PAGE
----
Rainy day? Not a problem here! We get them from time to time, especially during the ‘winter.’ But don’t fret. We’ve got you covered with a few great ideas for a day well spent indoors.
If your idea of art is jewelry, why not spend part of a rainy day watching how it’s made? Maui Divers Jewelry Design Center offers a factory tour on Liona Street that’s an education in fine jewelry making. Each guest views a seven-minute video and then a guide walks them through the process from start to finish. You’ll observe that rings are made from ring “trees,” for instance, with the rings coming off the branches of the tree. When completed, a tree contains $13-20k worth of the gold, and the base is remelted and the gold used again. “From the finishing process we vacuum up $30-50k worth of gold dust each month,” says Executive Vice President Cole Slater. “It gets sent to a refinery where it’s separated from the other dusts.” After the tour, you can browse Maui Divers largest showroom.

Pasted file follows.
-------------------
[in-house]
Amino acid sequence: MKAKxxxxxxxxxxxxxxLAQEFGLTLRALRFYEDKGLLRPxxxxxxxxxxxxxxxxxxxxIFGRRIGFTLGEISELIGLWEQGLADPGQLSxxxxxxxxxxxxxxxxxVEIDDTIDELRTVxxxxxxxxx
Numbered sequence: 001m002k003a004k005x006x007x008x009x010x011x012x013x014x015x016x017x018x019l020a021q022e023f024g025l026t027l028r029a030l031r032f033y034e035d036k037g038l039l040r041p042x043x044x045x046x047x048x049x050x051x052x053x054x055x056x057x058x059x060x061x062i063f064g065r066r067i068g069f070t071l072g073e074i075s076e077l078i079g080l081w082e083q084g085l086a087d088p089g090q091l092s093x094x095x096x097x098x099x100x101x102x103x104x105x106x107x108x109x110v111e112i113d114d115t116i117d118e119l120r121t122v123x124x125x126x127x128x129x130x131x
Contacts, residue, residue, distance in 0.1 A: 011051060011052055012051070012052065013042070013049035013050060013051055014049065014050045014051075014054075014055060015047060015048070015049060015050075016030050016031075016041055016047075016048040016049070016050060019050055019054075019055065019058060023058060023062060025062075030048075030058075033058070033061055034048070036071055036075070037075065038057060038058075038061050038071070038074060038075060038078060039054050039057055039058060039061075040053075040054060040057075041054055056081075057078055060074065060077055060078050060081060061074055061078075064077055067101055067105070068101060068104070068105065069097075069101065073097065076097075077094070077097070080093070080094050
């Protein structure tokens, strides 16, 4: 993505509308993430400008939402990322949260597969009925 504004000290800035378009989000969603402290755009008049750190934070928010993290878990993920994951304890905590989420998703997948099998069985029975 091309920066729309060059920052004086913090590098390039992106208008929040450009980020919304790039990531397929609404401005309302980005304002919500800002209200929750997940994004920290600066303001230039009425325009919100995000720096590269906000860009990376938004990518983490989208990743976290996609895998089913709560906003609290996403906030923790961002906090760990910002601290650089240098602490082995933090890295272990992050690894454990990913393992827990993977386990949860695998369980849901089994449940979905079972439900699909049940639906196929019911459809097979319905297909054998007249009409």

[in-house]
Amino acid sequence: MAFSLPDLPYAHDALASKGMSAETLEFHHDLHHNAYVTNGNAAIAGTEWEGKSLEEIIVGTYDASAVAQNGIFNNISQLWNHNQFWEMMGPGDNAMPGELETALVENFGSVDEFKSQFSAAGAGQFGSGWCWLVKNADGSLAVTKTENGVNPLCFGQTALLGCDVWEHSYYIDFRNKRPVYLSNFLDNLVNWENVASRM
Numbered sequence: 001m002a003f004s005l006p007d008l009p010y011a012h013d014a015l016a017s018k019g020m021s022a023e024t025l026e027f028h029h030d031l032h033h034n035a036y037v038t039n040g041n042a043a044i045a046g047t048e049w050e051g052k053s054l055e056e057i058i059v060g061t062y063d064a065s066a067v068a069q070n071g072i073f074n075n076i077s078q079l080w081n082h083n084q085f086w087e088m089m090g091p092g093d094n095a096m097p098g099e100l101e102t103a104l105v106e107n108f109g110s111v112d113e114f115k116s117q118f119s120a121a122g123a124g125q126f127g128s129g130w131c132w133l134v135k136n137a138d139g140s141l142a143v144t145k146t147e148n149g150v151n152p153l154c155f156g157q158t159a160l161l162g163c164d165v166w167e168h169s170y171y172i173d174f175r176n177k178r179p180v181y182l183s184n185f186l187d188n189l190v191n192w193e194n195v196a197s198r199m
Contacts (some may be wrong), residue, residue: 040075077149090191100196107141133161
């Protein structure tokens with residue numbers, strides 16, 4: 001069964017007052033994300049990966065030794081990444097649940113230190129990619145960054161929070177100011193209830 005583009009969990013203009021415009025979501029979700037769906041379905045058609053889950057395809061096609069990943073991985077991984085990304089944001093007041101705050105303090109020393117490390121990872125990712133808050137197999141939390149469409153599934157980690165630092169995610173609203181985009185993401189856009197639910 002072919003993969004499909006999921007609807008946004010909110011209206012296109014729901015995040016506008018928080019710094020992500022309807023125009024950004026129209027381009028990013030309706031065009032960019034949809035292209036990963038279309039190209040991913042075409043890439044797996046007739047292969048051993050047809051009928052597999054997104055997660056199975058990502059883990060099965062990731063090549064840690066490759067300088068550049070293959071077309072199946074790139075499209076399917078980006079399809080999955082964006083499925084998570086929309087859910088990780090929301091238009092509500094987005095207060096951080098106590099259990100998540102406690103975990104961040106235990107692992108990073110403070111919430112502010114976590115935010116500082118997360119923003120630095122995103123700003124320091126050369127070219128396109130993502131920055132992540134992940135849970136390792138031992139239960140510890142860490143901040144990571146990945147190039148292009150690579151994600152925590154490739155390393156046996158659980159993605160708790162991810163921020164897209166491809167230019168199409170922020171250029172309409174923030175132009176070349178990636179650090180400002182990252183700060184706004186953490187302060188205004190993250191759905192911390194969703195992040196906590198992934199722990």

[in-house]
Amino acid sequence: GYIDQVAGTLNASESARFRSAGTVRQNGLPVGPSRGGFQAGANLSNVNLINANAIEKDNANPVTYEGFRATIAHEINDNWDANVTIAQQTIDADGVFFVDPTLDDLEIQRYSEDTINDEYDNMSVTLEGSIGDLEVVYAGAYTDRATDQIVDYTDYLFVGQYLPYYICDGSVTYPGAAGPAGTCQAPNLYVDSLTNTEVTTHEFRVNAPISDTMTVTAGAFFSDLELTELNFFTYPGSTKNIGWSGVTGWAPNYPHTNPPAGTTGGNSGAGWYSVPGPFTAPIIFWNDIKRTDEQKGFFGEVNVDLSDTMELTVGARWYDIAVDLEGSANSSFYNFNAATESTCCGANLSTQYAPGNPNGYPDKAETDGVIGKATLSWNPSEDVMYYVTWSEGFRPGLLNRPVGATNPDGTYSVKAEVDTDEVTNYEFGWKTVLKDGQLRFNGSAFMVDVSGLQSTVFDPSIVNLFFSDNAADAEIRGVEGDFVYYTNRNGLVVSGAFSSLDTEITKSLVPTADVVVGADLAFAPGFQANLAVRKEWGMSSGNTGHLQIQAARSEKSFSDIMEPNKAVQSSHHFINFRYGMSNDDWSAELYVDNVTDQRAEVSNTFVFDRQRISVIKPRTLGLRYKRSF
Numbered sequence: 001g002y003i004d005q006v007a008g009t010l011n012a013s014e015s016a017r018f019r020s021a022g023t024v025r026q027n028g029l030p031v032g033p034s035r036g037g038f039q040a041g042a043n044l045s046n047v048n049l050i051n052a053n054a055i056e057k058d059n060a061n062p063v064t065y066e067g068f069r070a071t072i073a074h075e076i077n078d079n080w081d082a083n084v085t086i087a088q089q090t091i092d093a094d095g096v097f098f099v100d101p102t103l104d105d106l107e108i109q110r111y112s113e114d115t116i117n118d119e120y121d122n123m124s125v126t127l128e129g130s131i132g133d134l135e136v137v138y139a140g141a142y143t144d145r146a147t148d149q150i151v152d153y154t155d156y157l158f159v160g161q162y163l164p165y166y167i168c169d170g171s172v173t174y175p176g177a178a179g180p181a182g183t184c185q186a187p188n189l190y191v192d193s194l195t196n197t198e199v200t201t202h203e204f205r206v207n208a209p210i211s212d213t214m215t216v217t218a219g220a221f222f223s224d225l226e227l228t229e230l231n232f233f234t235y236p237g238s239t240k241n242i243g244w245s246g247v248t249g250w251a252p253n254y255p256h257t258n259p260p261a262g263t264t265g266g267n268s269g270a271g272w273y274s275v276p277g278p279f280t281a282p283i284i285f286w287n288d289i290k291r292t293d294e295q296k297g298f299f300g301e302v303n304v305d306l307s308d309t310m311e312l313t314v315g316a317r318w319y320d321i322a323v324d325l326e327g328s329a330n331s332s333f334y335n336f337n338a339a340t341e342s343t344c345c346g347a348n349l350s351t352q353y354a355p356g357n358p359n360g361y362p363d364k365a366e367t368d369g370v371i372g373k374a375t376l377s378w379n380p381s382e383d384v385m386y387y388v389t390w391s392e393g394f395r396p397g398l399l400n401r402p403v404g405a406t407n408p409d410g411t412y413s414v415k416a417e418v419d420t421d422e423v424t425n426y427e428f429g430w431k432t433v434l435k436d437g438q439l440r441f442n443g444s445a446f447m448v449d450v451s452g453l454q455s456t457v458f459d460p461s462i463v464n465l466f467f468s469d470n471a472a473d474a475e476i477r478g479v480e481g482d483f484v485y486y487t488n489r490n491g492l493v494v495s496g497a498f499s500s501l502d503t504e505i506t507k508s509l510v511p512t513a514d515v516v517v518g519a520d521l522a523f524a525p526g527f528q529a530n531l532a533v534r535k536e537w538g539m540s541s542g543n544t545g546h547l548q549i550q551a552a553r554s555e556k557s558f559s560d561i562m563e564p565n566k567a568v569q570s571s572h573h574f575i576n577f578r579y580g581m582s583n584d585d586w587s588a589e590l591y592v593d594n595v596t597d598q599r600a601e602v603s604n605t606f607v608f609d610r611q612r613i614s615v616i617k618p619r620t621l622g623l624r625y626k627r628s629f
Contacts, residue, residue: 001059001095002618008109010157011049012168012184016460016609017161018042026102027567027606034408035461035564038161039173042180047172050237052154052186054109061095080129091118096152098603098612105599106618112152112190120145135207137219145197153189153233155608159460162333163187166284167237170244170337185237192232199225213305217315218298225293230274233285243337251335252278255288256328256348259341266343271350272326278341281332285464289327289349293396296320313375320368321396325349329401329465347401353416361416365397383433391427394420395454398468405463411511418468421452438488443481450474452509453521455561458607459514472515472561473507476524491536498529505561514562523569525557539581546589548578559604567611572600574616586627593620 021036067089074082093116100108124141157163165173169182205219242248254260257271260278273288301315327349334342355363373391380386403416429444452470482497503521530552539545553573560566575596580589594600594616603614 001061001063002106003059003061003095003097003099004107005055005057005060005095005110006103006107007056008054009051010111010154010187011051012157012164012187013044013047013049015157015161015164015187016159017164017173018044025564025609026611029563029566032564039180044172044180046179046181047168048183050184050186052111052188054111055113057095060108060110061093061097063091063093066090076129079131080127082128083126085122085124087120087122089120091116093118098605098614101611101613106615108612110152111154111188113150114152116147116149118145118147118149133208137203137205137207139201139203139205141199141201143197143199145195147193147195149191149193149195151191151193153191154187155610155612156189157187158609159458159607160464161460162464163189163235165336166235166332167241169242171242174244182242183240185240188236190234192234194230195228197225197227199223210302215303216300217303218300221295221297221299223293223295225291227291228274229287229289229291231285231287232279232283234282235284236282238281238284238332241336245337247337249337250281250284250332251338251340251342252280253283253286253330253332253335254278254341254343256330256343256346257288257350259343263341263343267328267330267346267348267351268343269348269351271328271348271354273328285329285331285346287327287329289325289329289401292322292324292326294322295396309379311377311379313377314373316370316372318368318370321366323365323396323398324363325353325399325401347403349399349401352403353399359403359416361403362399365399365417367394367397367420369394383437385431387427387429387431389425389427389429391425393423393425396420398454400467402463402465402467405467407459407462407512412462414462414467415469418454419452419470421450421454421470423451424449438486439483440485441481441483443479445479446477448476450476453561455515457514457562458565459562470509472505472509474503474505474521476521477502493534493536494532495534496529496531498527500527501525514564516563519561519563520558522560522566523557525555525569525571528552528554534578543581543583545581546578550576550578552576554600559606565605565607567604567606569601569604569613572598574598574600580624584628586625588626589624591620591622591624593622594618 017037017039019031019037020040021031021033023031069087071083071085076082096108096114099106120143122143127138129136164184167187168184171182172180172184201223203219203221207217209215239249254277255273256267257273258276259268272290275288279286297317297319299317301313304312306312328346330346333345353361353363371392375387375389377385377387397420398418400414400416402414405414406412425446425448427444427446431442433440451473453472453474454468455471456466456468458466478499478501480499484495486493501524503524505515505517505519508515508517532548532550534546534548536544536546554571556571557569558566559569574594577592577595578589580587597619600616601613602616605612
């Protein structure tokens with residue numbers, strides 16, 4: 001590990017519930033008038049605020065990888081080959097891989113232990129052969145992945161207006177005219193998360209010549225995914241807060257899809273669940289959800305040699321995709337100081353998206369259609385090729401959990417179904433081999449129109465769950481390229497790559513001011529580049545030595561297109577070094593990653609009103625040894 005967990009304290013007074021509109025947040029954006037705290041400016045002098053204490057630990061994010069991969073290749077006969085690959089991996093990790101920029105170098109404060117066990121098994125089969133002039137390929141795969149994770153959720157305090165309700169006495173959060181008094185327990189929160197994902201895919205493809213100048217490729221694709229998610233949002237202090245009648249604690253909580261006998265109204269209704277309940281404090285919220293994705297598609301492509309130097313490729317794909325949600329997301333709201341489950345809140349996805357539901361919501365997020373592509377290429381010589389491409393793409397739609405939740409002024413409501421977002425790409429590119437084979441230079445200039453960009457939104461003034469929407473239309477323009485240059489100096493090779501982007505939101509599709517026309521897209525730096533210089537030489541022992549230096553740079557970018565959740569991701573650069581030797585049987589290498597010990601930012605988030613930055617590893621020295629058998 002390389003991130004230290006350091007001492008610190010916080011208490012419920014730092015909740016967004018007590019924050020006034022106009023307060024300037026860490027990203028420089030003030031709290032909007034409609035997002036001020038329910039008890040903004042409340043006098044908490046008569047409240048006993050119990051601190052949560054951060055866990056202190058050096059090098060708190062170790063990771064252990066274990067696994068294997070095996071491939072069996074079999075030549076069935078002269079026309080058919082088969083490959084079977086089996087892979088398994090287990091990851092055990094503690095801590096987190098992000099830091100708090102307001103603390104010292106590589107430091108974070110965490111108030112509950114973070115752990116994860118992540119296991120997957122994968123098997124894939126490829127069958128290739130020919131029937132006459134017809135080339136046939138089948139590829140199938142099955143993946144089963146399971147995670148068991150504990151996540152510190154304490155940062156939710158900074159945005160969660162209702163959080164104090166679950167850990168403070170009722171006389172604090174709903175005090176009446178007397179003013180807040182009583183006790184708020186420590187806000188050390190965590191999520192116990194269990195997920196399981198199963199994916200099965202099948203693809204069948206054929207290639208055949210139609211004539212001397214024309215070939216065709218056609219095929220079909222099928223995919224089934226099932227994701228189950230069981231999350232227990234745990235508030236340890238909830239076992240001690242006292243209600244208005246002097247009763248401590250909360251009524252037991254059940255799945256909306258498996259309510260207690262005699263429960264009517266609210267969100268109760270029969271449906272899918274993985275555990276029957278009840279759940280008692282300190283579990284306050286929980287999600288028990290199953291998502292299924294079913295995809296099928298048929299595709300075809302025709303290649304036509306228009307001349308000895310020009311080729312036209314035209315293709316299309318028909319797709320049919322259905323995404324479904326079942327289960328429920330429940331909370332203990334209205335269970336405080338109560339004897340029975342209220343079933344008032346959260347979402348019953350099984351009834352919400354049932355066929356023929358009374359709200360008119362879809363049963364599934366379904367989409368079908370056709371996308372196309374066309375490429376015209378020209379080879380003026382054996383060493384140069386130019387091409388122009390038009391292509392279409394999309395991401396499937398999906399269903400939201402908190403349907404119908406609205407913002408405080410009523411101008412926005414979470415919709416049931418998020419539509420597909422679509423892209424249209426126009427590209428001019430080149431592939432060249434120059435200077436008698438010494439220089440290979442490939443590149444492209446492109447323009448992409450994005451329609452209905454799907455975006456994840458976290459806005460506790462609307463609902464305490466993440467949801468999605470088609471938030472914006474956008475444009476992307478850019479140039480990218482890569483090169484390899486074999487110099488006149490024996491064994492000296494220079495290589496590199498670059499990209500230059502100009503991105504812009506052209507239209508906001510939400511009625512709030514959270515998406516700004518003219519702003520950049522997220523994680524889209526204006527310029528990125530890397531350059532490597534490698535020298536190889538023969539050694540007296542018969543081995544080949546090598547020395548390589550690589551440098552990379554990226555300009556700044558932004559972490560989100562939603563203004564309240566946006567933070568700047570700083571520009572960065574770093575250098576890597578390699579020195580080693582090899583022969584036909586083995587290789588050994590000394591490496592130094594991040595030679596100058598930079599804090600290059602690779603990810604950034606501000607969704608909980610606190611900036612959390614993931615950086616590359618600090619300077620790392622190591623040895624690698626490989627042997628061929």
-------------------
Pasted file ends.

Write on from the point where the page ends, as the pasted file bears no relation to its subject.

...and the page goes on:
Musician and owner Tyler Gilman celebrates his love of the ‘ukulele at ‘Waikiki’s Largest Ukulele Store’ dedicated to this Hawaiian instrument that has brought joy to Gilman and to thousands of people around the world.
Interested in purchasing an instrument for yourself? Stop by the Ukulele Store for a few pointers and get the feel of this four-stringed instrument with fun and easy lessons at 10:30 a.m. or 4:30 p.m. daily. If you already have experience playing, then drop by to talk story and make some music. Remember to mention This Week Oahu Magazine when you stop by for your lesson!
Designated the Hawai‘i State Museum of Natural and Cultural History, the Bernice Pauahi Bishop Museum was founded in 1889 by Charles Reed Bishop in honor of his late wife, Princess Bernice Pauahi Bishop. A visit to this vast treasury of cultural and natural history exhibits is enough to fill the entire rainy day with so much to see and do (though you’ll need more time!).
Wander through the Signature Galleries such as Hawaiian Hall, Pacific Hall, Picture Gallery and Richard T. Mamiya Science Adventure Center; see daily shows at the J. Watumull Planetarium; and ask about various tours and programs. Find gifts and souvenirs at the gift shop and grab a bite between galleries at the Bishop Museum Café with a menu by Highway Inn.
Big City Diner (BCD) is the perfect spot to come in from the rain and catch a game or two on the TV monitors at any one of its five locations. “In the mornings, people like to have the news on, so we’ll have CNN, Fox and then local news,” says Lane Muraoka, founder and owner.